I’m sure The Stage will polarize listeners. Some will love it, others will hate it. I am in the middle. I think by emulating Dream Theater and other prog bands some of the songs get bogged down by the extravagance and grandiosity of it all. Style over substance. Not that I have issues with long songs, far from it. It’s just that some fat could’ve been trimmed in certain areas.

I would recommend this album if you are a fan of Dream Theater, Between The Buried And Me etc. I commend Avenged Sevenfold for stretching their creative muscles and creating an ambitious album and one wonders if this is the path they wish to take on future releases.


Album Review: Dusks Embrace – ReAwakening (2016)

31 Oct



Dusks Embrace is a Progressive Rock/Metal band from Salem, Oregon and in the past eight years they have released three full length records (Paradigm Shift (2009), The Twilight Enigma (2010), To Realms Beyond (2012)), and two EP’s (Oblivion at Hand (2009), From Idols To Dust (2014)). This year sees the release of their new full length effort, ReAwakening.

When a band states that they draw inspiration from death metal to Michael Bublé and everything that comes in between, you get the sense that you’re going to hear a record that is haphazard and inconsistent with no real focus but ReAwakening is anything but that. What this range of inspiration does is give the band additional sensibilities that they can tap into where, perhaps, their contemporaries can not. It also gives them a melodic edge. Refreshing.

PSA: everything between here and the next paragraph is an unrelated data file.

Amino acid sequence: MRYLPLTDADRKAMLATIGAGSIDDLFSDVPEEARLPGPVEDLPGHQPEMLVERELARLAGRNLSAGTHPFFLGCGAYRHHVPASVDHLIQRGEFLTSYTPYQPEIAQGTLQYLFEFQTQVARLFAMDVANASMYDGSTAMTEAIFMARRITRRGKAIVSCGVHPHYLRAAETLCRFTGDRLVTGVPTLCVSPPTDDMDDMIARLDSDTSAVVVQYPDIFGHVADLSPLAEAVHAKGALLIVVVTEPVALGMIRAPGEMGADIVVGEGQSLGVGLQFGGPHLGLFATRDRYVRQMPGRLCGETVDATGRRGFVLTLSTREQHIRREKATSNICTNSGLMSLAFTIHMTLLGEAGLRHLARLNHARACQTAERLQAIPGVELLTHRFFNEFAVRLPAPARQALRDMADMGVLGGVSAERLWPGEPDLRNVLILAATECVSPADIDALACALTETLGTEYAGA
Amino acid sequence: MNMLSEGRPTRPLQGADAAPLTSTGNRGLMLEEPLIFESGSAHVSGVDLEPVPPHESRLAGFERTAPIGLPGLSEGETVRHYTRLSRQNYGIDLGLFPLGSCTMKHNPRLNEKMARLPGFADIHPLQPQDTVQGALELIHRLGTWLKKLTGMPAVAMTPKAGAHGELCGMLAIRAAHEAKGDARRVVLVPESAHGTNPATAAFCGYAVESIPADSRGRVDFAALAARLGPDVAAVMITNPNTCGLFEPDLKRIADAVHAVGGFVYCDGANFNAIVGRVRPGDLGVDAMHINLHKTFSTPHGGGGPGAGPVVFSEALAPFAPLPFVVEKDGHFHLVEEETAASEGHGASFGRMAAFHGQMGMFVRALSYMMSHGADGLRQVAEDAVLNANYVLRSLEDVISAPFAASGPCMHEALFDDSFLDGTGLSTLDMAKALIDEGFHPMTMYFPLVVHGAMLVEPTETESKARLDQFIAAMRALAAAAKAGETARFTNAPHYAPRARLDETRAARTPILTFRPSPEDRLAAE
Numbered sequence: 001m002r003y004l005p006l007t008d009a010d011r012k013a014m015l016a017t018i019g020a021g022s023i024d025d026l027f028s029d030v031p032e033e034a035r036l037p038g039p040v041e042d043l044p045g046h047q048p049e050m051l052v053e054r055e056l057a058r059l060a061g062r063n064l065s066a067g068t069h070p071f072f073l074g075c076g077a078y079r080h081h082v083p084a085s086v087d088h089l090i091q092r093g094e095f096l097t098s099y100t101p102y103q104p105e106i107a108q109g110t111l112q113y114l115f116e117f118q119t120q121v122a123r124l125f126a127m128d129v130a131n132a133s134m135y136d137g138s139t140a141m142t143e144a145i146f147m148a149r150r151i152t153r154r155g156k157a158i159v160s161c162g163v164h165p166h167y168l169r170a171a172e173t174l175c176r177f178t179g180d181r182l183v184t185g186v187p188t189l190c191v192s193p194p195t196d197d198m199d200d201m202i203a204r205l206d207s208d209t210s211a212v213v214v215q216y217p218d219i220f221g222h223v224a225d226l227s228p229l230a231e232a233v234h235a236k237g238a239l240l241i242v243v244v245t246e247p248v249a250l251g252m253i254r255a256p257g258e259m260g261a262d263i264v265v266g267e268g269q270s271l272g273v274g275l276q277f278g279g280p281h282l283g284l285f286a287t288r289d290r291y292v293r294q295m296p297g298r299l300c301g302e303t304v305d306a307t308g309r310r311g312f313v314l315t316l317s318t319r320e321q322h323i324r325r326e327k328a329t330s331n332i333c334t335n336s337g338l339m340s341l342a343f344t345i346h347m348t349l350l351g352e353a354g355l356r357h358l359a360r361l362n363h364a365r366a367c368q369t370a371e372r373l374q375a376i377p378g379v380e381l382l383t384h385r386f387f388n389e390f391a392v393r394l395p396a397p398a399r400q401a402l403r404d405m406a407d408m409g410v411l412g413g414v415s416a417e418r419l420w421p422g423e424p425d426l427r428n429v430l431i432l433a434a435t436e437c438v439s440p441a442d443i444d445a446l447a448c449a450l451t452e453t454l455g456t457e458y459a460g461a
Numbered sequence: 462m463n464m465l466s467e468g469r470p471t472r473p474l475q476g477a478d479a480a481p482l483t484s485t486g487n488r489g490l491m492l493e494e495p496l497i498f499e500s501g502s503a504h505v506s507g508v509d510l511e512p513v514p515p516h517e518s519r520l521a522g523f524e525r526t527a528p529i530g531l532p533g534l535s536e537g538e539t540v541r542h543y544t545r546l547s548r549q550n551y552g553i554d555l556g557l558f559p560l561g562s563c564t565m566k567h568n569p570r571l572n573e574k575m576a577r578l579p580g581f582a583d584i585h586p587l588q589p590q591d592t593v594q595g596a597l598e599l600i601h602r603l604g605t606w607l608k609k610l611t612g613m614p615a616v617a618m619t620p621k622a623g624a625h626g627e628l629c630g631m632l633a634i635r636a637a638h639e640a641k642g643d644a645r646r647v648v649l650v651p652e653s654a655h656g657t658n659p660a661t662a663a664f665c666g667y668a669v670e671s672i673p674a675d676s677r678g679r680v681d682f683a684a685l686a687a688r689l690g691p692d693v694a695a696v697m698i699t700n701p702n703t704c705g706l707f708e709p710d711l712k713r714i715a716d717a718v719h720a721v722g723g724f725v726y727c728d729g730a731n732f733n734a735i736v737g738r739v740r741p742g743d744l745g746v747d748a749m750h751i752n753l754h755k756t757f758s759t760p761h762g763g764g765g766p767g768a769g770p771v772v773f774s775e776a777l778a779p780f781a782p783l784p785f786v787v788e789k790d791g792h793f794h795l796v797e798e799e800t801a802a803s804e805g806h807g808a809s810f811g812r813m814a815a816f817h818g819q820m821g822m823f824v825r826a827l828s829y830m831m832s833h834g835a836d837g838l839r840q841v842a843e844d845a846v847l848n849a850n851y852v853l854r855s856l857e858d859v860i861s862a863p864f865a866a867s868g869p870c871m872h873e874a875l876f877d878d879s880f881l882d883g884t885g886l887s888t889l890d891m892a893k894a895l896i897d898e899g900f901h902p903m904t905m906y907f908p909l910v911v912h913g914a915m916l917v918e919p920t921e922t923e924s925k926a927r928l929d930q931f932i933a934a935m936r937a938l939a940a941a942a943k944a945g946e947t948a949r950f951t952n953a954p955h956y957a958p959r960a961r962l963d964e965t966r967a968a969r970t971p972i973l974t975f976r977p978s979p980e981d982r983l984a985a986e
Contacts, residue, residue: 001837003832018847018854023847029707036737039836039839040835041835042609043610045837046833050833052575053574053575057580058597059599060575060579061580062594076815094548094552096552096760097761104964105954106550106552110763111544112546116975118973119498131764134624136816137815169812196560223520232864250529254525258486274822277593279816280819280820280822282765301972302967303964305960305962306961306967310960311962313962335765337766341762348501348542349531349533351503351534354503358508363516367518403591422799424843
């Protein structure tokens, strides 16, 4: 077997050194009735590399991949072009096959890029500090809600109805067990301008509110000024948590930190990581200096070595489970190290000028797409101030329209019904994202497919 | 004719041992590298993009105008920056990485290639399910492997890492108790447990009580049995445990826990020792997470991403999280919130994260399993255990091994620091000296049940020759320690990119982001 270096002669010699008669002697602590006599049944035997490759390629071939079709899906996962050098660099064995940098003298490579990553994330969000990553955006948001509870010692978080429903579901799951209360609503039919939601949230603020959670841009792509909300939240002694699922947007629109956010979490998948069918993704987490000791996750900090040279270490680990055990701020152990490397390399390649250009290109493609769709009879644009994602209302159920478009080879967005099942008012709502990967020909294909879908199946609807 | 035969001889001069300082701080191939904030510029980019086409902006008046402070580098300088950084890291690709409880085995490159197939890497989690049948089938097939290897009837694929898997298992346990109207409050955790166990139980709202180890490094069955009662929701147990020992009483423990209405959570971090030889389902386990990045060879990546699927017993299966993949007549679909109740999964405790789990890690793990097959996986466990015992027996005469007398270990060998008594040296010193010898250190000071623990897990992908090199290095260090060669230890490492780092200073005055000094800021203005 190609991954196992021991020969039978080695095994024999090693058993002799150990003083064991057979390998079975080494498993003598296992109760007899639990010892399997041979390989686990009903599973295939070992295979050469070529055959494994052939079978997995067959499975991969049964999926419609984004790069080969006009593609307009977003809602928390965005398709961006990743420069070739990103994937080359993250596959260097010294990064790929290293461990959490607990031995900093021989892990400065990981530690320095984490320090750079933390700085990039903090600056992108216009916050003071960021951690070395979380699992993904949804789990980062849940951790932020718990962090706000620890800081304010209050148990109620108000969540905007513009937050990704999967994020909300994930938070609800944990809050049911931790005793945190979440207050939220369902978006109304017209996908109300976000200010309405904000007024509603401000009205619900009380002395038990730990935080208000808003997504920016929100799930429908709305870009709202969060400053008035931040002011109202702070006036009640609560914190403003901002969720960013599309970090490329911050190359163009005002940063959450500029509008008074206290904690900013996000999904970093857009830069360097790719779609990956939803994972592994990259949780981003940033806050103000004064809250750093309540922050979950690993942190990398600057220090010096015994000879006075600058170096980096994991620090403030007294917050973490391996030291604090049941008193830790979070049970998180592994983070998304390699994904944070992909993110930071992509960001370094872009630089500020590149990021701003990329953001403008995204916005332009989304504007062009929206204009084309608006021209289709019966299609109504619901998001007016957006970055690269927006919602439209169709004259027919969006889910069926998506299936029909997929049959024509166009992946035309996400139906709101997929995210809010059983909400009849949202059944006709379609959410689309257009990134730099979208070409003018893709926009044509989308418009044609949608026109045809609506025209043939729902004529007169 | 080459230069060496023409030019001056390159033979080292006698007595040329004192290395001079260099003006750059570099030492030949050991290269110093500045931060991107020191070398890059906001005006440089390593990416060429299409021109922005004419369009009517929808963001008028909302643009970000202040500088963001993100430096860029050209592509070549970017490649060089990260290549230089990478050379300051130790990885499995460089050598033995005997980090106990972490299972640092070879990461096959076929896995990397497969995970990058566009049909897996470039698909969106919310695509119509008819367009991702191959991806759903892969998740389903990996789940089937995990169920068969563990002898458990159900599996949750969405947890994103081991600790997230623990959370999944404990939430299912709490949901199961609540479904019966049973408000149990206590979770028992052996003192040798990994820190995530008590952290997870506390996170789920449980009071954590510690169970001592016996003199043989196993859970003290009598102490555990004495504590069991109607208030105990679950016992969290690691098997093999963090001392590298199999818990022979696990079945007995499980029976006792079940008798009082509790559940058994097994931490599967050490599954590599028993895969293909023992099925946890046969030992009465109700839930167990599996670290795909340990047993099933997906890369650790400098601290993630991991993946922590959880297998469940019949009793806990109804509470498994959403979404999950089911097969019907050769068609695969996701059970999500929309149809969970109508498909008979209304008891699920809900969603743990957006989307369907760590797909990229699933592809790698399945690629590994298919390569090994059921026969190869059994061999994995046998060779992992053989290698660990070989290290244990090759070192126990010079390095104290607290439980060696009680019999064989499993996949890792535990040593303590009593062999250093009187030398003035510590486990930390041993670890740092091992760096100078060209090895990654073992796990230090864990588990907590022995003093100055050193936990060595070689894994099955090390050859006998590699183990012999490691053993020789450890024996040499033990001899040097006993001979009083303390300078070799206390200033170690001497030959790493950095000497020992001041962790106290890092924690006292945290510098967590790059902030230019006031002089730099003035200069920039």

ReAwakening open up with “Harbinger” with its tinges of EDM, Periphery style and video game music all rolled into one. Mix that in with some black metal elements and clean, melodic vocals courtesy of new lead vocalist, Aldo Arevalo and you have a solid slab of Progressive Metal.

Next up is “With Cleansing Flames.” This song has a Dream Theater feel to it in places and comes across as a more traditional Prog Rock song. The way the vocals soar is beautifully haunting and gives the track a dark undertone and a Gothic quality that I enjoyed.  I also enjoyed the majestic sounding synths, giving it moments of a Nightwish or Within Temptation sound.

“Face Forward” is a slight change of pace from the opening two songs and it’s the first real glimpse I got of the bands clear Katatonia/Porcupine Tree/Opeth influences. Vocally this song channels Steven Wilson, Jonas Renske & Mikael Akerfelt. The intro has a definite Opeth vibe and would not feel out of place on Damnation.

“Psycasthenia” is another mellow track featuring more Katatonia-esque vocals and showcases once again, the talent that is Aldo on vocals and proves that the band can handle the gentle, melodic side just as well as they handle the heavy. “Reflections” is a short, jazzy instrumental piece. Very calming. Very Opeth. Very good.